Extremely informative.  I wish it were that simple for my sweet big boy.  Smokey has been urinating in inappropriate places (primarily hard surfaces like the stove top, counters, computer keyboards and tables).  He was seen by several vets, tested for everything under the sun, given a variety of drugs including Valium with no change.  My choices were to either turn him outside (not a choice), adopt him to someone able to cope with this behavior (not really a choice), have him euthanized (NO WAY) or keep him confined.  We built him a 6' x 4' x 5' high enclosure in which he has been living for about a year.  My oldest cat decided to pick up this behavior (she is very easily stressed) and after determining that this was behavioral rather than physiological, Daisy joined Smokey in this enclosure.  None of my other cats - and I have a total of 10 in a 4000 sq.ft. house - have displayed this abberation.  The few times Smokey was out of the enclosure, he urinated inappropriately, generally on the kitchen countertop.

I'm looking forward to Part II of this video presentation.  Thanks again for the insight.

Roena

April 29. 2010 09:02

mildred

Thank you.  Now I know what the problem may be but--I don't know what to do about it. I know I can't medicate him because he will bite me-which he did once which caused me infection and swelling of my hand.  His name is flake and he is almost 10 yrs. old and very overweight. He is an indoor cat.

mildred

April 29. 2010 18:03

April Downing

Thank you for this informative video. I have taken two of my cats into the vet as both spray all over the house, virtually ruining my home. I have 6 cats which have all been spayed and neutered.
The last two cats that I took in were strays that came to me. Not being able to turn any stray away I took them in as members of my family. The first being a neutered male about 6 yeas old and the second also a male that I took in and had neutered who was guessed to be approximately 2 years old.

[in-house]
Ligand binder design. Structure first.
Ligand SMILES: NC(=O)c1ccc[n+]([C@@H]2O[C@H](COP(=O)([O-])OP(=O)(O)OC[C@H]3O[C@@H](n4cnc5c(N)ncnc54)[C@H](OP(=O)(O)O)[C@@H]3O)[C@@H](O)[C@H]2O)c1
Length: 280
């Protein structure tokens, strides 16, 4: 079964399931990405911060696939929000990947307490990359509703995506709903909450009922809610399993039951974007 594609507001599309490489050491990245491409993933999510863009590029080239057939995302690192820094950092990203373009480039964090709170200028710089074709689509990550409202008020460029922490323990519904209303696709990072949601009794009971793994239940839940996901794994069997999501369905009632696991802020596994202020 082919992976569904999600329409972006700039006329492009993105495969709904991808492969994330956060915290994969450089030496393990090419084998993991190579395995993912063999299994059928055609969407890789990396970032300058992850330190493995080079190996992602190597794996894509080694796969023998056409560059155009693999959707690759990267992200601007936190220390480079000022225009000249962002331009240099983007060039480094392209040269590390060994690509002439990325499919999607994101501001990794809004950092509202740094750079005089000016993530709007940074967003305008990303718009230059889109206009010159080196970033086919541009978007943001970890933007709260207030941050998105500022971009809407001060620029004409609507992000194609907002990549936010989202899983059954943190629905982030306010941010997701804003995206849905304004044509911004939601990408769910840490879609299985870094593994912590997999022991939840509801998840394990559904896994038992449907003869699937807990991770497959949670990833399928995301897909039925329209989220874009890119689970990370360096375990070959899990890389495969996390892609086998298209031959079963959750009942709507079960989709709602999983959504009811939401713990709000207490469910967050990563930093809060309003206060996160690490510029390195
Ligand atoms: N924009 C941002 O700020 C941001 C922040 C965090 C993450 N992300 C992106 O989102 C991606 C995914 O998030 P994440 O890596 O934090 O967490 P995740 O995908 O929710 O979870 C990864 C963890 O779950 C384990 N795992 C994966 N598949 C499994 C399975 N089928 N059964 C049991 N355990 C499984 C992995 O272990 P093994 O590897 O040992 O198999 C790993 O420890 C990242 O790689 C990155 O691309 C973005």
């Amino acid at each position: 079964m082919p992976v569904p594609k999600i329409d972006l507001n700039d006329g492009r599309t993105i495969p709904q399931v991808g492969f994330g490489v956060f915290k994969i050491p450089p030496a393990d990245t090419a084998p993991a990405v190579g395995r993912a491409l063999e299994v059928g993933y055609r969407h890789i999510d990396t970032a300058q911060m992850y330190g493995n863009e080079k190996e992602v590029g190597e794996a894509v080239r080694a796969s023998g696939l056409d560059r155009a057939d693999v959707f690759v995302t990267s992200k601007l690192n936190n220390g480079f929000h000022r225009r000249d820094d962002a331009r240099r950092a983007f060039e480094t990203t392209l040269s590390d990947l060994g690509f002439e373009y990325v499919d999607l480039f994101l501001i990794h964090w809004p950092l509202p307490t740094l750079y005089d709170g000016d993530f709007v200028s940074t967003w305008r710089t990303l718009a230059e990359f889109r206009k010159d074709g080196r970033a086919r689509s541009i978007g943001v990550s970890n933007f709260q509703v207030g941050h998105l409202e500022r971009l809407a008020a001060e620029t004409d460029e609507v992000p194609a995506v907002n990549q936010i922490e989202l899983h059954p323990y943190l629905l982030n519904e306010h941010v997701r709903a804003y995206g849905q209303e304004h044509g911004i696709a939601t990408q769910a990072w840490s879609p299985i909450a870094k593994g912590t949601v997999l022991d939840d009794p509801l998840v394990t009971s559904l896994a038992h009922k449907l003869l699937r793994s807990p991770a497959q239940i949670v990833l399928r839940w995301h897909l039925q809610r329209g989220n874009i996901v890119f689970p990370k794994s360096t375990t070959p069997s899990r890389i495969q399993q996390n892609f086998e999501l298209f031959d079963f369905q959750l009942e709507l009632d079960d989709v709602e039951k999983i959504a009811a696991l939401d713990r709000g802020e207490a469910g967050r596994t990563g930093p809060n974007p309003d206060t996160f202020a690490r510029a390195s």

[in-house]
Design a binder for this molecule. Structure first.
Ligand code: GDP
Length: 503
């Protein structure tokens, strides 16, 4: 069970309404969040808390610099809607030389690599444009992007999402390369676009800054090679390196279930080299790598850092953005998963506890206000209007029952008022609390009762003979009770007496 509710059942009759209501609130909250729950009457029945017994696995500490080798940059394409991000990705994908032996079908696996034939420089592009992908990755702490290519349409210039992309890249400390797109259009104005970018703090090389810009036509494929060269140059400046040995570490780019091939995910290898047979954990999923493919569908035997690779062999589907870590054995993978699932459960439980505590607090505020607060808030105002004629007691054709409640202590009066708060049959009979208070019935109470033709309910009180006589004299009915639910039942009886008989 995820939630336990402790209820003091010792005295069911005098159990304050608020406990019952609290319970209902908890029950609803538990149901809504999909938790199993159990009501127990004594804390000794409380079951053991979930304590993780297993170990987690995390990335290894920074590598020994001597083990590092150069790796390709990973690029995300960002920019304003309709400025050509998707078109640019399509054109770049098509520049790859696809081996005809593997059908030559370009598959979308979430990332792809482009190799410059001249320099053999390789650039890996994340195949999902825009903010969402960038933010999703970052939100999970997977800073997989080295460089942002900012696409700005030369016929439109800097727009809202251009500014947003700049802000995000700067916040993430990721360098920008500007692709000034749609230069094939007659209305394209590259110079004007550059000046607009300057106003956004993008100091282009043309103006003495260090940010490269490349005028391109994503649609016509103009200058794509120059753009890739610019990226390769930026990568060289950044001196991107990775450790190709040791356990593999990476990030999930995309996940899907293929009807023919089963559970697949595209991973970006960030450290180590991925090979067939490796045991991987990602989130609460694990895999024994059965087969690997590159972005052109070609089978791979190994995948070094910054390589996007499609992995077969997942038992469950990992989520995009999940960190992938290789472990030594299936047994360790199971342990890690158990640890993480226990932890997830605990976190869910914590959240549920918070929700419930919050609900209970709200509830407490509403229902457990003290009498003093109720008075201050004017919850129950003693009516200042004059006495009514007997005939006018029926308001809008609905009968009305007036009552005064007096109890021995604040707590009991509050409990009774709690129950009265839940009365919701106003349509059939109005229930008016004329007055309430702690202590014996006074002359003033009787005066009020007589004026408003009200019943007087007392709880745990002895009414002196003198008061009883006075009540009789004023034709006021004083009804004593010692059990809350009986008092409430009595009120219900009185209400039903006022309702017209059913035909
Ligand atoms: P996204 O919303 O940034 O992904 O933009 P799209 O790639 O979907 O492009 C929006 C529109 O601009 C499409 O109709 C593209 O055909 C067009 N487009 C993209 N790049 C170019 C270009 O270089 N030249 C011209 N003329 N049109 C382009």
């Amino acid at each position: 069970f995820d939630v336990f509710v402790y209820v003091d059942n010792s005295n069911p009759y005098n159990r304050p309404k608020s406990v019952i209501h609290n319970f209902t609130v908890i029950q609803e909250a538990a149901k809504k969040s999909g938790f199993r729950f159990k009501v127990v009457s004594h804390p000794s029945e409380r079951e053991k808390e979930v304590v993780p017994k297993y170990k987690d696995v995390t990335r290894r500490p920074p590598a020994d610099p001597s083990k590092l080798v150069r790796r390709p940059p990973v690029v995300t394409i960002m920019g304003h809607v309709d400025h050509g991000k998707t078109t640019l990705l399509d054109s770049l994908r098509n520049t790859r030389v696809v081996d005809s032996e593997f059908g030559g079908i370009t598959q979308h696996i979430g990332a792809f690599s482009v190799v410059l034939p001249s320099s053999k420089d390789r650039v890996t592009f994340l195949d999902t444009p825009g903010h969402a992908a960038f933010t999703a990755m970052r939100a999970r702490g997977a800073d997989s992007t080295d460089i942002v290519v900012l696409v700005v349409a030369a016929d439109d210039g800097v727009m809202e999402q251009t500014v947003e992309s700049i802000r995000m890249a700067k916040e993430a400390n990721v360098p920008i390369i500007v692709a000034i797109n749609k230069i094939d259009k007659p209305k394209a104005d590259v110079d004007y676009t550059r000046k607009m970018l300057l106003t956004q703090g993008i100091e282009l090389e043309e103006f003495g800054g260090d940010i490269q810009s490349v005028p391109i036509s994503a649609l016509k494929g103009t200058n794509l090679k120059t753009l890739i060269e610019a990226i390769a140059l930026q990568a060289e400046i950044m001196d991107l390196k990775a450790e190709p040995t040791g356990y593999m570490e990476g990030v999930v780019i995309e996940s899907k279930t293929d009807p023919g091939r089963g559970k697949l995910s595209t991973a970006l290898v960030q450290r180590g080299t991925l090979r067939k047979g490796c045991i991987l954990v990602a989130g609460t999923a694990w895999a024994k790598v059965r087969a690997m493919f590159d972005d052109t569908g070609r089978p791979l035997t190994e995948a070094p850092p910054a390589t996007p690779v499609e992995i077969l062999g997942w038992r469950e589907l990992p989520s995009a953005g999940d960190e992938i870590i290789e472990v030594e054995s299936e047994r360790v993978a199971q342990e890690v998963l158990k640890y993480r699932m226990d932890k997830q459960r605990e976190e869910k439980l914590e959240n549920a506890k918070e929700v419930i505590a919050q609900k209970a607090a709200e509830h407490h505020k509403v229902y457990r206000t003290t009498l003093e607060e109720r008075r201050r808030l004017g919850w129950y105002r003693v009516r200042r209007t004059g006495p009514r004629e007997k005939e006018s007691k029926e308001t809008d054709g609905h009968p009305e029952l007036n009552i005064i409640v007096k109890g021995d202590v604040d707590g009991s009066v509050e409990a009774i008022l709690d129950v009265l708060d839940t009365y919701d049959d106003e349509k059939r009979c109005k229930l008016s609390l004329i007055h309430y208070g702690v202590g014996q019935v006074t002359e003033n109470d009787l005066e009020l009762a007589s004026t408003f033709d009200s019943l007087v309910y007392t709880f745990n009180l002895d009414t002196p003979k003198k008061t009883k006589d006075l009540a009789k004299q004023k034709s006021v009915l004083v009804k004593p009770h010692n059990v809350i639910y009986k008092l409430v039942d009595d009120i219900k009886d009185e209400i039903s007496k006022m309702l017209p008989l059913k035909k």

They are relentless in stalking each other, spraying all over the house and consistently fighting. It is making me crazy...I feel like I am constantly breaking up fights between two kids!!!
I have had them both for over a year now with many trips to the vet for infected bite wounds and inbedded claws. There has been no sign of any urinary tract infections and appear to be perfectly healthy.  All of the other cats get along fine with each other, who are all females.  It's just these two darn males that just won't quit!!
Please, any help or information that you may be able to give to me would be so very much appreciated. I just don't know what else to do!!
Thank you,
April Downing
Auburn, Washington

April Downing

April 30. 2010 10:19

Roena

@ April Downing:

Have you tried Feliway?  I had them plugged in all over my house.  Sadly, my Smokey's behavior is habitual at this time.  The Feliway - comes in plug in and spray - worked fine with my other cats to tame aggressive behaviors.  I have 10, of which 3 are male.  Only one of my males (Smokey) has demonstrated inappropriate urination.  My newest addition was a starving kitten who had been either kicked or hit by a car and was unable to walk very well when I found him.  He will stalk my girls and sometime my other male cat but they settled into a routine after almost a year.

Roena

April 30. 2010 10:20

Roena

@ mildred:
Some of my cats resist being medicated and I find that a pill inserter works for pills.  For liquids I wrap the "victim" up in a towel and squirt the liquid in through the cheek.

Roena